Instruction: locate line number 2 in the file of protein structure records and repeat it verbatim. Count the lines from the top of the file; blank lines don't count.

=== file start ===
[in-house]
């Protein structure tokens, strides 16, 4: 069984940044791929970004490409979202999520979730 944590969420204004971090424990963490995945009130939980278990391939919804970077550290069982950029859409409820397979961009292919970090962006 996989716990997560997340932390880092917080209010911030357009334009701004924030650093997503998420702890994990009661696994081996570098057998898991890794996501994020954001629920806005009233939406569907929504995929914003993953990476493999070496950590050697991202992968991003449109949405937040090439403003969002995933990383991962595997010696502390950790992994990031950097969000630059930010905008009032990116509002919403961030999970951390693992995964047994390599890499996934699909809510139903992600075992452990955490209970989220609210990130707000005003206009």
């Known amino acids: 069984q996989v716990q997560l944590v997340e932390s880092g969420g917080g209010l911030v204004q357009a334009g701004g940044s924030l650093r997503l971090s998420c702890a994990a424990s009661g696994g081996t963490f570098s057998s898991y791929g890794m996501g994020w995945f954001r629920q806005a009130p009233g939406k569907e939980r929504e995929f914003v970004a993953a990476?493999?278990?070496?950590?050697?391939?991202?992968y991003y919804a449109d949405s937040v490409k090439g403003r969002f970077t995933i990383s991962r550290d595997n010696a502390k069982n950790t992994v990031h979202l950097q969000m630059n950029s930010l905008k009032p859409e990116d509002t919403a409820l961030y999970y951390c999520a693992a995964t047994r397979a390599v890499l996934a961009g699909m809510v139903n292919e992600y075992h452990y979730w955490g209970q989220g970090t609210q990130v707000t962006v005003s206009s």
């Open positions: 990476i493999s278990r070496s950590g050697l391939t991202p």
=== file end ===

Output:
């Protein structure tokens, strides 16, 4: 069984940044791929970004490409979202999520979730 944590969420204004971090424990963490995945009130939980278990391939919804970077550290069982950029859409409820397979961009292919970090962006 996989716990997560997340932390880092917080209010911030357009334009701004924030650093997503998420702890994990009661696994081996570098057998898991890794996501994020954001629920806005009233939406569907929504995929914003993953990476493999070496950590050697991202992968991003449109949405937040090439403003969002995933990383991962595997010696502390950790992994990031950097969000630059930010905008009032990116509002919403961030999970951390693992995964047994390599890499996934699909809510139903992600075992452990955490209970989220609210990130707000005003206009």